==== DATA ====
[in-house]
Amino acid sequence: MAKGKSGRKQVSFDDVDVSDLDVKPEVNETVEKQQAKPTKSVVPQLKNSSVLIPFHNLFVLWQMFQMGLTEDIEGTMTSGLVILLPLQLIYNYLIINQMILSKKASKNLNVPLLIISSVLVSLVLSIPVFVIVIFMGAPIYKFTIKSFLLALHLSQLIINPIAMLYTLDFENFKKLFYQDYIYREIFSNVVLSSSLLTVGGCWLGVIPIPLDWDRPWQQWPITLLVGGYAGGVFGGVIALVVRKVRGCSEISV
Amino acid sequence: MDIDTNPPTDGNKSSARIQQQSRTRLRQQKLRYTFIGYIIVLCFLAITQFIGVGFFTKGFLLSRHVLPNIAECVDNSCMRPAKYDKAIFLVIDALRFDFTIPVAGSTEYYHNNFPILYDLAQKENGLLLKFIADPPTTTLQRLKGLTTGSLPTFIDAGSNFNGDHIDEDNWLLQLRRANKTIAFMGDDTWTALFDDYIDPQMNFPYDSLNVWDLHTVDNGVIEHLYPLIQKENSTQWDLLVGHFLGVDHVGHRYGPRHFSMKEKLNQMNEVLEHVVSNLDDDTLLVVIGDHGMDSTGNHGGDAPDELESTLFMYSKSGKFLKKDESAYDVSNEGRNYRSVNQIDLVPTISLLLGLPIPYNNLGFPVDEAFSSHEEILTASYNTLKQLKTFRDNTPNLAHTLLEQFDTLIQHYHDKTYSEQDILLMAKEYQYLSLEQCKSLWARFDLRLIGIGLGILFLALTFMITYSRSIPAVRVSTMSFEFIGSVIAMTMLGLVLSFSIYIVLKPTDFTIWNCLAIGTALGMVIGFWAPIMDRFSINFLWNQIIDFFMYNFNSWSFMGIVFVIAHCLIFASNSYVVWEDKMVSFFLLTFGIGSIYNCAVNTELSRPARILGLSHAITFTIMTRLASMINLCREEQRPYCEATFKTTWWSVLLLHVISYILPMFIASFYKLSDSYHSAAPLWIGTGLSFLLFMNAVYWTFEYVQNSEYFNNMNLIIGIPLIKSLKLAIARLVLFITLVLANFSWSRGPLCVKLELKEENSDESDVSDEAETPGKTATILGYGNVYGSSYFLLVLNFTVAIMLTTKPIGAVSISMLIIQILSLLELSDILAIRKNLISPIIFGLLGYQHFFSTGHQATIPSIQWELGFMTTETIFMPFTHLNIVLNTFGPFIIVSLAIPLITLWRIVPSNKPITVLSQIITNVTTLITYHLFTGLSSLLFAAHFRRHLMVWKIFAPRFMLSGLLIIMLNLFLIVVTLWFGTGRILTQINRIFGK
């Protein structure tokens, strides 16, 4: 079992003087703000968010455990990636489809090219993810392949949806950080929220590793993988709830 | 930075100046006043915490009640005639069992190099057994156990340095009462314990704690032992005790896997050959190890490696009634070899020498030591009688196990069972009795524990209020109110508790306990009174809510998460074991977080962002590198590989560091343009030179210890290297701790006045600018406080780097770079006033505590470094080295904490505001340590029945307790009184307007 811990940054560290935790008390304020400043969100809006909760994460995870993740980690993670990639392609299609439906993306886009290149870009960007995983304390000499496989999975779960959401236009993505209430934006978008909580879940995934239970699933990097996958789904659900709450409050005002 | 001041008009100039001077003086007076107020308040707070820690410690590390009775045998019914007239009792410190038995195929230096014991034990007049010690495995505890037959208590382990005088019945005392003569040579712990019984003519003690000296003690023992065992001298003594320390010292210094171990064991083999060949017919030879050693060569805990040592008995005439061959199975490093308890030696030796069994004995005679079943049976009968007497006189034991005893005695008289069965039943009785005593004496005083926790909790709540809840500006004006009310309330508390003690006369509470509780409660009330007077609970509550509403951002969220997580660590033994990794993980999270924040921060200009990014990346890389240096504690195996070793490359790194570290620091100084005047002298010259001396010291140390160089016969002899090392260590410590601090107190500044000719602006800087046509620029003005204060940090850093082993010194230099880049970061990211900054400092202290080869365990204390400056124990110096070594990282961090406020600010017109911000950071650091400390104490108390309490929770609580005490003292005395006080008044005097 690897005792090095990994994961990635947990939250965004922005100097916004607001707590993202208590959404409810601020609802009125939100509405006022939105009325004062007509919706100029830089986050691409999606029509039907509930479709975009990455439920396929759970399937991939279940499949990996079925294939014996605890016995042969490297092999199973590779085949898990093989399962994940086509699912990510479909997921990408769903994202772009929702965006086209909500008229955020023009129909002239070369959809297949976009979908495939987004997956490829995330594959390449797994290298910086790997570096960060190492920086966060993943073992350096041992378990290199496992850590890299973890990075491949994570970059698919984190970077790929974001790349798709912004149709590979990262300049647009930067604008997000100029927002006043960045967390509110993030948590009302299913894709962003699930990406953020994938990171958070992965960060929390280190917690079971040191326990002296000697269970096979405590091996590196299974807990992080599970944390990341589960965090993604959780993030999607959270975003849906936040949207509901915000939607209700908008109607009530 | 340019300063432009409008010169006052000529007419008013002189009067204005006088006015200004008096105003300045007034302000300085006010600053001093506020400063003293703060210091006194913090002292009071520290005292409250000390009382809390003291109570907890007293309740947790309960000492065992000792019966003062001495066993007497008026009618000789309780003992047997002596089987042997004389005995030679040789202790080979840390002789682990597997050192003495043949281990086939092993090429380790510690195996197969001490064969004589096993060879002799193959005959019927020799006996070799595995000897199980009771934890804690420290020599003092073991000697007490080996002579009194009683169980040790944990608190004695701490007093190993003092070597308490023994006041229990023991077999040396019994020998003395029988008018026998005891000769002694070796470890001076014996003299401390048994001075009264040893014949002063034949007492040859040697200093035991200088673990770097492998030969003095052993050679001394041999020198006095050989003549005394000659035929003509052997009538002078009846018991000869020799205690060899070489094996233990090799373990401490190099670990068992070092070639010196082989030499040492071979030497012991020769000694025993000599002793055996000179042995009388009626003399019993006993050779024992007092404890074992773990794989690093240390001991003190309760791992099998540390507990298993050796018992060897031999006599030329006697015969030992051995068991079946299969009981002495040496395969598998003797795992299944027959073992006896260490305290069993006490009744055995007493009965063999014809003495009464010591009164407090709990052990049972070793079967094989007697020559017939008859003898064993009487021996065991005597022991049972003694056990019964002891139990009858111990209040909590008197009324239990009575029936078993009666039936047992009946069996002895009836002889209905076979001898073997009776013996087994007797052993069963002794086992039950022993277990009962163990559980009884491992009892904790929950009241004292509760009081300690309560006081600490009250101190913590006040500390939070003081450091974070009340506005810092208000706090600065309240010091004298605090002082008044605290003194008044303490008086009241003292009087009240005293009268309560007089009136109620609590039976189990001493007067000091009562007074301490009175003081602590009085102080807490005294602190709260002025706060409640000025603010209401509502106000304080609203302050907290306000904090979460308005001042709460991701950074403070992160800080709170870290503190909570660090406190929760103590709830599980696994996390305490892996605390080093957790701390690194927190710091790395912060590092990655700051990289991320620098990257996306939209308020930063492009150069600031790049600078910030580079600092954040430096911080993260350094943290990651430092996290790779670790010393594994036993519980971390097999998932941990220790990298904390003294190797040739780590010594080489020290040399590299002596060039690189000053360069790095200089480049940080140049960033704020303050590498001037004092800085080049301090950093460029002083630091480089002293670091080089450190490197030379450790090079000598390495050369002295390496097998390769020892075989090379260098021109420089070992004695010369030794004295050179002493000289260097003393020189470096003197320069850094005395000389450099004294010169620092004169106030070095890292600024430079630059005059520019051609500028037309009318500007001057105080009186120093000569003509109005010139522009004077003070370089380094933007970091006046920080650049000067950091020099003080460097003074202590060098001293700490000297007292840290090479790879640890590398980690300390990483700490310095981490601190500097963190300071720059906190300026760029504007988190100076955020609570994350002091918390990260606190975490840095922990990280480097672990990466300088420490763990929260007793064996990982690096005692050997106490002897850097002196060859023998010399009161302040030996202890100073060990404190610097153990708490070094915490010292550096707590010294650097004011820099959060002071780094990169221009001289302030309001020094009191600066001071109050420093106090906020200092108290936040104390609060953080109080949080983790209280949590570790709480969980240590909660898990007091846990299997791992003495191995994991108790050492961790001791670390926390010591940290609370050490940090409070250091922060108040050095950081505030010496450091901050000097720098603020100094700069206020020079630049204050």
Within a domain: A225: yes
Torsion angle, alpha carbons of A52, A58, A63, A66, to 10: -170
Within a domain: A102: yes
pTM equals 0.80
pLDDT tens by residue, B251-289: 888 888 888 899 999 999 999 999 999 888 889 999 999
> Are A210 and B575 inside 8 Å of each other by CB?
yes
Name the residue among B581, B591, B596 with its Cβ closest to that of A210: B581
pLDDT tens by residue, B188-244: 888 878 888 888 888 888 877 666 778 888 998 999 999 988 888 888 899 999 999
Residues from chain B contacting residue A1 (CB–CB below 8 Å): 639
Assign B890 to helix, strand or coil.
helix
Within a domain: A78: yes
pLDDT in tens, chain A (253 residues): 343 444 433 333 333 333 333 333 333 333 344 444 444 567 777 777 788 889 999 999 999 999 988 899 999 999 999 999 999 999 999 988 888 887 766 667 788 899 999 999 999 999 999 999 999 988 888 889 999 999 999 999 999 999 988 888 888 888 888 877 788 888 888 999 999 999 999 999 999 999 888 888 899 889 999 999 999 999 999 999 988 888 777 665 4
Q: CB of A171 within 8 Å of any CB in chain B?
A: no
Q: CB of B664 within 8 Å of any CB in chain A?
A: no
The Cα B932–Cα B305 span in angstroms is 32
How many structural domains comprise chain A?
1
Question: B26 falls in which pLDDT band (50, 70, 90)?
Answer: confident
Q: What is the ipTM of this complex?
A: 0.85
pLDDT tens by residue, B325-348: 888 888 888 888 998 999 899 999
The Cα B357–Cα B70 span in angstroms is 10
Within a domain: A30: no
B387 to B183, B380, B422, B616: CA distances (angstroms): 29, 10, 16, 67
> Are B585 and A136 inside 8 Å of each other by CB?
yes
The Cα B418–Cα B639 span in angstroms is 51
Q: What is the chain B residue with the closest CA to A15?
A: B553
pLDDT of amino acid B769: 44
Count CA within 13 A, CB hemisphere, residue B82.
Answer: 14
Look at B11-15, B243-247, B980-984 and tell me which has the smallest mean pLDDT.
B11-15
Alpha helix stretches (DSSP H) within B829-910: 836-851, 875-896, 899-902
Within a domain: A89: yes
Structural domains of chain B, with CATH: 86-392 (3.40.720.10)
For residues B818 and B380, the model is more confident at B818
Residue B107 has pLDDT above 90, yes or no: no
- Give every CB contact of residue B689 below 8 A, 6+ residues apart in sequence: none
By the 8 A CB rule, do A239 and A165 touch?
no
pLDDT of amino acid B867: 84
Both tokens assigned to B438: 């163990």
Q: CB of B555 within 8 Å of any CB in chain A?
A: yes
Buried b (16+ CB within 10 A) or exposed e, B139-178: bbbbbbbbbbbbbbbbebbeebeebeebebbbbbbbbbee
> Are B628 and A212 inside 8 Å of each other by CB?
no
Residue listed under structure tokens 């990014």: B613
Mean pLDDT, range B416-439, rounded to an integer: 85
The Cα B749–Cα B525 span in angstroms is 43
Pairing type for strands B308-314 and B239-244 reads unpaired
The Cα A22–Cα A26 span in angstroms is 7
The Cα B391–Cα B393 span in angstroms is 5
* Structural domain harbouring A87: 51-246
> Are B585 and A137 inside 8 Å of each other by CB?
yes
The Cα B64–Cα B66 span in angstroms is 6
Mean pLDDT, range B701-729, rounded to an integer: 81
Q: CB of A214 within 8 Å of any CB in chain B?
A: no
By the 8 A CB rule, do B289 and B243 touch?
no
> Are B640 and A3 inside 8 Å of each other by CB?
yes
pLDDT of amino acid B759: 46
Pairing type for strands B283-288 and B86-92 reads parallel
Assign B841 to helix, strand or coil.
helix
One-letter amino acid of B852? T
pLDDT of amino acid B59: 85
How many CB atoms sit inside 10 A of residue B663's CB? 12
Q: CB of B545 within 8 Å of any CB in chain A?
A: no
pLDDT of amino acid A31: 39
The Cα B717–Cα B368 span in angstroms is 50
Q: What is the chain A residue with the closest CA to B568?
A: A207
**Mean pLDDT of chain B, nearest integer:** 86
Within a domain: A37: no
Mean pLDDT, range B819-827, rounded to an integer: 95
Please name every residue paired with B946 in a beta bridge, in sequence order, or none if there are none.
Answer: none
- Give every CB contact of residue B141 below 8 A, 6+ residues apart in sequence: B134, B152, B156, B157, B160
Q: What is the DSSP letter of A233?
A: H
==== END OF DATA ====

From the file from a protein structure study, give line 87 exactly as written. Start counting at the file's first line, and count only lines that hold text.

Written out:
Q: What is the chain A residue with the closest CA to B568?